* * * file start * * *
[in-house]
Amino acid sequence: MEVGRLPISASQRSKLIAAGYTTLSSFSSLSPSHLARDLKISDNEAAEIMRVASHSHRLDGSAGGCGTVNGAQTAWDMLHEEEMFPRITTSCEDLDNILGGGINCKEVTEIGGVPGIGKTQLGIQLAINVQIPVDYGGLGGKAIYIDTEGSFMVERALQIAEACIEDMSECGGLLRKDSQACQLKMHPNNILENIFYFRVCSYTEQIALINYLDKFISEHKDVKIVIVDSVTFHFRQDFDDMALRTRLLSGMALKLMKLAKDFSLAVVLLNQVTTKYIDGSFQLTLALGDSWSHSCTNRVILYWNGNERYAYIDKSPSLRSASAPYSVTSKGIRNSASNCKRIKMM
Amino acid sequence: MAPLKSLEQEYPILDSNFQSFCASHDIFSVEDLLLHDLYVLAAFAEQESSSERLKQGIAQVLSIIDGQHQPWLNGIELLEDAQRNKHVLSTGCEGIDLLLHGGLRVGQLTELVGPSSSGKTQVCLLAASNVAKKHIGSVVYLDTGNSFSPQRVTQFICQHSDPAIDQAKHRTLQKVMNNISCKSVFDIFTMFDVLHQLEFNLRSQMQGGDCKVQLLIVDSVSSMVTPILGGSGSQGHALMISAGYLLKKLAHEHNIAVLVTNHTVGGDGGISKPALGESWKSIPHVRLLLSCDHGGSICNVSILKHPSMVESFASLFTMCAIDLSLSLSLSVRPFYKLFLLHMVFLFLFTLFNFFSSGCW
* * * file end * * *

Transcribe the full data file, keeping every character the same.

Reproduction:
[in-house]
Amino acid sequence: MEVGRLPISASQRSKLIAAGYTTLSSFSSLSPSHLARDLKISDNEAAEIMRVASHSHRLDGSAGGCGTVNGAQTAWDMLHEEEMFPRITTSCEDLDNILGGGINCKEVTEIGGVPGIGKTQLGIQLAINVQIPVDYGGLGGKAIYIDTEGSFMVERALQIAEACIEDMSECGGLLRKDSQACQLKMHPNNILENIFYFRVCSYTEQIALINYLDKFISEHKDVKIVIVDSVTFHFRQDFDDMALRTRLLSGMALKLMKLAKDFSLAVVLLNQVTTKYIDGSFQLTLALGDSWSHSCTNRVILYWNGNERYAYIDKSPSLRSASAPYSVTSKGIRNSASNCKRIKMM
Amino acid sequence: MAPLKSLEQEYPILDSNFQSFCASHDIFSVEDLLLHDLYVLAAFAEQESSSERLKQGIAQVLSIIDGQHQPWLNGIELLEDAQRNKHVLSTGCEGIDLLLHGGLRVGQLTELVGPSSSGKTQVCLLAASNVAKKHIGSVVYLDTGNSFSPQRVTQFICQHSDPAIDQAKHRTLQKVMNNISCKSVFDIFTMFDVLHQLEFNLRSQMQGGDCKVQLLIVDSVSSMVTPILGGSGSQGHALMISAGYLLKKLAHEHNIAVLVTNHTVGGDGGISKPALGESWKSIPHVRLLLSCDHGGSICNVSILKHPSMVESFASLFTMCAIDLSLSLSLSVRPFYKLFLLHMVFLFLFTLFNFFSSGCW